We Make Our Own Luck

Backcountry, Burros, Elk Hunting, First Elk, Hunting Gear, Hunting Panniers, Hunting Skills, Outdoor Skills, Outdoors, Pack Animal, Packing Equipment, Rocky Mountains, Saddling -

We Make Our Own Luck

Some people seem to have the ability to do a number of things and do them well. These folks are successful in their careers, relationships, hobbies, and seem to be happy and live meaningful lives. Would you consider these people lucky? Along those same lines, why are some sportsmen able to consistently harvest game? I have heard many people say that hunting is 10% skill and 90% luck. After all, you can’t catch fish if they aren’t biting and you can’t shoot an elk in the backcountry if you don’t see any. So when a hunter kills an animal or a fisherman catches a fish is it luck? It’s my belief that I have the ability to make my own luck, and that being lucky or unlucky has a lot to do with how much thought and effort is put towards the task. Growing up, my father always told me “hard work pays off.” Throughout my life, I have carried that thought with me in everything I do. This year I was able to pass that lesson on to my 17-year-old son, Levi, as he took his first elk.


First, Well-Trained

I use pack animals and MRG outdoor gear in the backcountry. My equine partners are almost all formerly “wild” burros that were rescued from BLM lands. For pack animals to become disciplined, hard-working, and obedient, they must be well-trained and conditioned to carry heavy loads on rough trails. Beginning in the spring and throughout the summer, Levi and I spent countless hours and many miles on the trail exposing our burros to every backcountry scenario we could find. After all these training runs into the Rocky Mountain wilderness, not only are the animals trained, but Levi has become well-versed in saddling, loading panniers, tying diamond hitches, and securing mantees over top loads. Working with the burros over the past few months, Levi and I have gotten in good physical shape, and scouted a whole lot of areas we plan to hunt when the season starts. Meanwhile, Levi has also been building his confidence by sighting in his rifle and practicing his shooting skills. All this preparation (With the animals and Levi improving his hunting prowess) has been done so that when the moment of truth arrives, there will be no hesitation.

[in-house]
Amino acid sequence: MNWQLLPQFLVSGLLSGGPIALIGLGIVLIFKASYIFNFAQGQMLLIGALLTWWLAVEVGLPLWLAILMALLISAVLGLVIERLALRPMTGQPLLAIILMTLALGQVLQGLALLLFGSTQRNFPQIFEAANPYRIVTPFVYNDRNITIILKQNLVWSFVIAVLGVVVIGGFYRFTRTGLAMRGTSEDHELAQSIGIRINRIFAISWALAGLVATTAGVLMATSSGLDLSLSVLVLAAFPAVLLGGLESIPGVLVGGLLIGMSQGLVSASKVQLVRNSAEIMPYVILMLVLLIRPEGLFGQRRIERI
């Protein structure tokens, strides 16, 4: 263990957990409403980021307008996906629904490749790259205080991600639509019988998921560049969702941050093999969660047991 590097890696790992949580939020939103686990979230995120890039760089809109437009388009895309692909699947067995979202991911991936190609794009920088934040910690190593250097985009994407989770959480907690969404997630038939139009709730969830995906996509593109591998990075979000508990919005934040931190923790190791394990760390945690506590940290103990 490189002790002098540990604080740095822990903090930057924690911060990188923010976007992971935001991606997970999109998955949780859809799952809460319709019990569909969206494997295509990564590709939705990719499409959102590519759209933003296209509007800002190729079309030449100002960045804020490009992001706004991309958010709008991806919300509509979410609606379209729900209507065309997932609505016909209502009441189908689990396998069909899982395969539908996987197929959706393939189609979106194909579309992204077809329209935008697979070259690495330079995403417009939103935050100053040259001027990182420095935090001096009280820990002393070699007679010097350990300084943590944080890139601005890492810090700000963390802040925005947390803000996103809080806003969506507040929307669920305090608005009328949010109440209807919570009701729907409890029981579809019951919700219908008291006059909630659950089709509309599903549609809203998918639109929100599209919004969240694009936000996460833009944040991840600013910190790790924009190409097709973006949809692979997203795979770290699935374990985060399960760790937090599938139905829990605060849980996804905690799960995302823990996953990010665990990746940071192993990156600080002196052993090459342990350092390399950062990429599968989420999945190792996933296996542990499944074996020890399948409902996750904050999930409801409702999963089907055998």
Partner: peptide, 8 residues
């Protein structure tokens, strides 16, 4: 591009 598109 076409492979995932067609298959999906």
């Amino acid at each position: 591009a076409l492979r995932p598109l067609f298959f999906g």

The moment of truth came in the afternoon on opening day of the 2013 1st rifle elk season. As Levi and I made our way along the side of a steep hill, following 20-30 fresh elk tracks in the snow, we came upon our quarry. As we moved closer, we could see about half a dozen cows feeding in a small meadow below us. I ranged one of the cows who was presenting a good broadside shot at 161 yards. Intending to point out which cow to take, I looked over and Levi already had her in his sights. I whispered, “nice and easy son.” Levi took a deep breath and slowly exhaled as he settled in for his shot. I put my fingers over my ears and waited for him, taking his time to be sure he would take her down. Seconds later the .270 barked and the cow fell where she stood. It was a perfect shot! I was elated as I grabbed him by both shoulders and shook him back and forth. We were both smiling from ear to ear. It was the most exhilarating moment I’ve ever experienced while hunting: watching my son use all the skills I had taught him over the years. Being beside my son as he took his first elk was an almost indescribable experience that neither of us will ever forget.

Hard Work's Value and Luck's Gain

The fact that Levi was able to hike 7 miles into the backcountry with two burros and get close enough to make a perfect shot on an elk was not luck. My father’s words will always ring true; hard work pays off. The payoff is not always immediate nor is it always obvious. Success may not come until after months of preparation. There have been seasons where I did not harvest an animal but the knowledge I gained helped me on my next hunt. Some might call that unlucky, but I know the more I learn and the harder I work, the less the “luck factor” will come into play. And I hope that I have planted that seed in my son so that he will grow to appreciate discipline, knowledge, and training in the outdoors so he will become a responsible, ethical sportsman. More importantly, I hope that Levi learns the value of hard work and has the wisdom to apply what he has learned to be successful in whatever he endeavors to do. After all, sometimes you do get lucky, but the rest of the time you have to create it.

Here’s a short video of our trip: Levi’s First Elk


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